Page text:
A wildfire (search) that menaced parts of the city was started by a firecracker tossed onto a pile of cotton from a cottonwood tree, one of the teens accused in the case told investigators.

Ricky Navarette, 16; Fernando Anaya, 13; and Steven Sedillo, 13, all of Albuquerque (search), were being held Friday at the Bernalillo County Juvenile Detention Center (search). They are accused of setting the first of two fires that burned along the Rio Grande bosque in Albuquerque this week.

Sedillo said Navarette also used a lighter to ignite debris.

"What did we do?" one of the boys allegedly said when he got home and saw the fire on TV, according to the arrest warrant affidavit obtained by the Albuquerque Journal.

Charges included arson and criminal damage to property over $1,000, police spokesman Jeff Arbogast said. Sedillo also was charged with tampering with evidence.

Navarette told police Sedillo lit the firecracker Tuesday and threw it on the cotton pile and the fire quickly spread, the affidavit states.

After receiving tips, police issued search warrants for the boys' homes late Wednesday. Arbogast declined to say what officers found.

Tuesday's fire burned 352 acres and forced the evacuation of hundreds of people as it raced north through the heavily wooded area along the river. The fire was 75 percent contained Friday.

A second fire, sparked Wednesday night about a mile north of the first, burned 165 acres and forced about 200 people from their homes. It was 50 percent contained Friday.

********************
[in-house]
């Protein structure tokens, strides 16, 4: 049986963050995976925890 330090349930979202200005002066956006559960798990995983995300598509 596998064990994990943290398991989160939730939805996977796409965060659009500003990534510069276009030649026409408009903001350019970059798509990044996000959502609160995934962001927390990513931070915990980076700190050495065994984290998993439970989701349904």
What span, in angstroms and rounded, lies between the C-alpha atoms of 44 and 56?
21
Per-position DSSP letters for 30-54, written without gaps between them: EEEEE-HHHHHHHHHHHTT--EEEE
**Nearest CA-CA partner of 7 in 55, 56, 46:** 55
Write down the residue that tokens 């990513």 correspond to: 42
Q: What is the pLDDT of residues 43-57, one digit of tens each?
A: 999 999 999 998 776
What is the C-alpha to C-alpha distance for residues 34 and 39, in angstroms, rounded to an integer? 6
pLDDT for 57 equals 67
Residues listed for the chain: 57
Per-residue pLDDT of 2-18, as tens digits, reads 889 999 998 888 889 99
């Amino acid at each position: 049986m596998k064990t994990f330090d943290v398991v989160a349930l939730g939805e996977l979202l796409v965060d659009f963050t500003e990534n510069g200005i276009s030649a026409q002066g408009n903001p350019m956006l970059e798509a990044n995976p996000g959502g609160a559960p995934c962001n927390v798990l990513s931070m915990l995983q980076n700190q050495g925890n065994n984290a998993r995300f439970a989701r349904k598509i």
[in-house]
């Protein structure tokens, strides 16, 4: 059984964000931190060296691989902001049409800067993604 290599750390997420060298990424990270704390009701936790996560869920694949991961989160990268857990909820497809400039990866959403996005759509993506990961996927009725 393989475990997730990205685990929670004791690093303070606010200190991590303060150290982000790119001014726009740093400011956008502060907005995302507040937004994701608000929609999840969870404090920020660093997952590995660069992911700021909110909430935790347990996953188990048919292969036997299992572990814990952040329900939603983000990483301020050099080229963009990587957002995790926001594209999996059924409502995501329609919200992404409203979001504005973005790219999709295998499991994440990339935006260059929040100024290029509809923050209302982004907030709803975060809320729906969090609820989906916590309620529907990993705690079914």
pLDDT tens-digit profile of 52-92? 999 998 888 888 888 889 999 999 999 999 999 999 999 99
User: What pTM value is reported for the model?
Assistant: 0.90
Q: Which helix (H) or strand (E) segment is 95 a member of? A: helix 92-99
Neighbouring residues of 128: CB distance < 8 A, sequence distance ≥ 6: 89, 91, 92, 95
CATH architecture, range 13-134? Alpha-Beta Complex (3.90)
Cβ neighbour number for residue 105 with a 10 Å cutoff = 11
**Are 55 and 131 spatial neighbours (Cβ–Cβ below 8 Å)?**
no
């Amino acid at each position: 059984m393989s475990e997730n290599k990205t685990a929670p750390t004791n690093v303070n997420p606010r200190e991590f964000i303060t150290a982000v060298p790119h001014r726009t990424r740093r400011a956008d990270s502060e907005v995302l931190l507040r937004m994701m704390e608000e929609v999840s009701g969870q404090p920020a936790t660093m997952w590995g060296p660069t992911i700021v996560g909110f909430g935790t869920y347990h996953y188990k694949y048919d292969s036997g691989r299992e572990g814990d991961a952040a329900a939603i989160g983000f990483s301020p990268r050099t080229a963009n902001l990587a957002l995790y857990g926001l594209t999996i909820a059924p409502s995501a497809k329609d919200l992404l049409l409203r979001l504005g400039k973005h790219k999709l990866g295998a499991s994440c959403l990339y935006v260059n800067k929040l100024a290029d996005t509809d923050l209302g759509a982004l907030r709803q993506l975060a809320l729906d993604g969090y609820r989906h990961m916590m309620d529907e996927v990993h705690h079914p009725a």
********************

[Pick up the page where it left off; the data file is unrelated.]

No arrests had been made in the second fire, authorities said.

Some 400 firefighters were working Friday to reinforce fire lines around the two blazes so they can work their way into the interior. Water-dropping helicopters were helping intermittently.

In California, firefighters struggled Friday to contain a wind-driven wildfire burning through a rugged high desert recreation area about 150 miles north of Los Angeles.

The blaze, which destroyed one home, a mobile home, a barn, a shed and a trailer on Thursday, suddenly expanded as winds picked up about Friday afternoon. Firefighters quickly went from about 80 percent containment of a 200-acre fire to 25 percent containment on a 400-acre blaze.

Most residents had complied with a voluntary evacuation of about 200 homes, officials said.

And investigators in Arizona say they have no suspects in a human-caused wildfire that devastated a mountaintop vacation community. While the exact cause was not determined, the origin of the fire, which burned about 324 buildings on Mount Lemmon near Tuscon, was narrowed to a small area near a trail southwest of Summerhaven.